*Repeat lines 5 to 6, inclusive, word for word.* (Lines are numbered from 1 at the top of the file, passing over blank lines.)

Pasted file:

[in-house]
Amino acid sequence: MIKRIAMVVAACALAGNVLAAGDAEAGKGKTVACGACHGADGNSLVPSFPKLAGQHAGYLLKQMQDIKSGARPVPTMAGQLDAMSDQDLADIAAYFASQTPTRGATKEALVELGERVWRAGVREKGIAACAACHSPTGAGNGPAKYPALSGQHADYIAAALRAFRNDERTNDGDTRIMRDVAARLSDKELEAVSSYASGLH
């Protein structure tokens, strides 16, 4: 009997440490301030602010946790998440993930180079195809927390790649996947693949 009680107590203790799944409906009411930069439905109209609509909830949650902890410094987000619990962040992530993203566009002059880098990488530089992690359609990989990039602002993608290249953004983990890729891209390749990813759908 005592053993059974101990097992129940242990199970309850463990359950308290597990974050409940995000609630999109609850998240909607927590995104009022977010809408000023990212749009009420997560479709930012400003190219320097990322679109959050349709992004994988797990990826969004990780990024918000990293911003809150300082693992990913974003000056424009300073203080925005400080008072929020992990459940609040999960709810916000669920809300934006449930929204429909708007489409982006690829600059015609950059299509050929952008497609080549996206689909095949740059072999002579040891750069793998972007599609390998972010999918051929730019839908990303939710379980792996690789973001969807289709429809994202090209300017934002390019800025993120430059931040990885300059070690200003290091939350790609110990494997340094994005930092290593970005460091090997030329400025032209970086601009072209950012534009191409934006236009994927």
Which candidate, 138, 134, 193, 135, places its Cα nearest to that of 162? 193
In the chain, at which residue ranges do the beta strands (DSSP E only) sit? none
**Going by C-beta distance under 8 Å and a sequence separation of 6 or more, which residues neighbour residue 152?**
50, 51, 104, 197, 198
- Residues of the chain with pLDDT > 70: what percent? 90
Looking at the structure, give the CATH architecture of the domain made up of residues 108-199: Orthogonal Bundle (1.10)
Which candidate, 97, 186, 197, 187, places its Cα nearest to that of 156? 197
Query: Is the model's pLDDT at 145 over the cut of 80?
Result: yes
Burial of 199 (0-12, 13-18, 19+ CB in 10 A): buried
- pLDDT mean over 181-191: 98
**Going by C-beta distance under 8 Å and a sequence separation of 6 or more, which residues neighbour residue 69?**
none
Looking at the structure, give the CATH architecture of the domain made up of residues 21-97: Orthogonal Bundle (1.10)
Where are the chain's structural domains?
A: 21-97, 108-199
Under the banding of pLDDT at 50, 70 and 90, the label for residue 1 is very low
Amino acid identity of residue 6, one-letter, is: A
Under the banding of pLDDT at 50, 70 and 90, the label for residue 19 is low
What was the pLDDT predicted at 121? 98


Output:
In the chain, at which residue ranges do the beta strands (DSSP E only) sit? none
**Going by C-beta distance under 8 Å and a sequence separation of 6 or more, which residues neighbour residue 152?**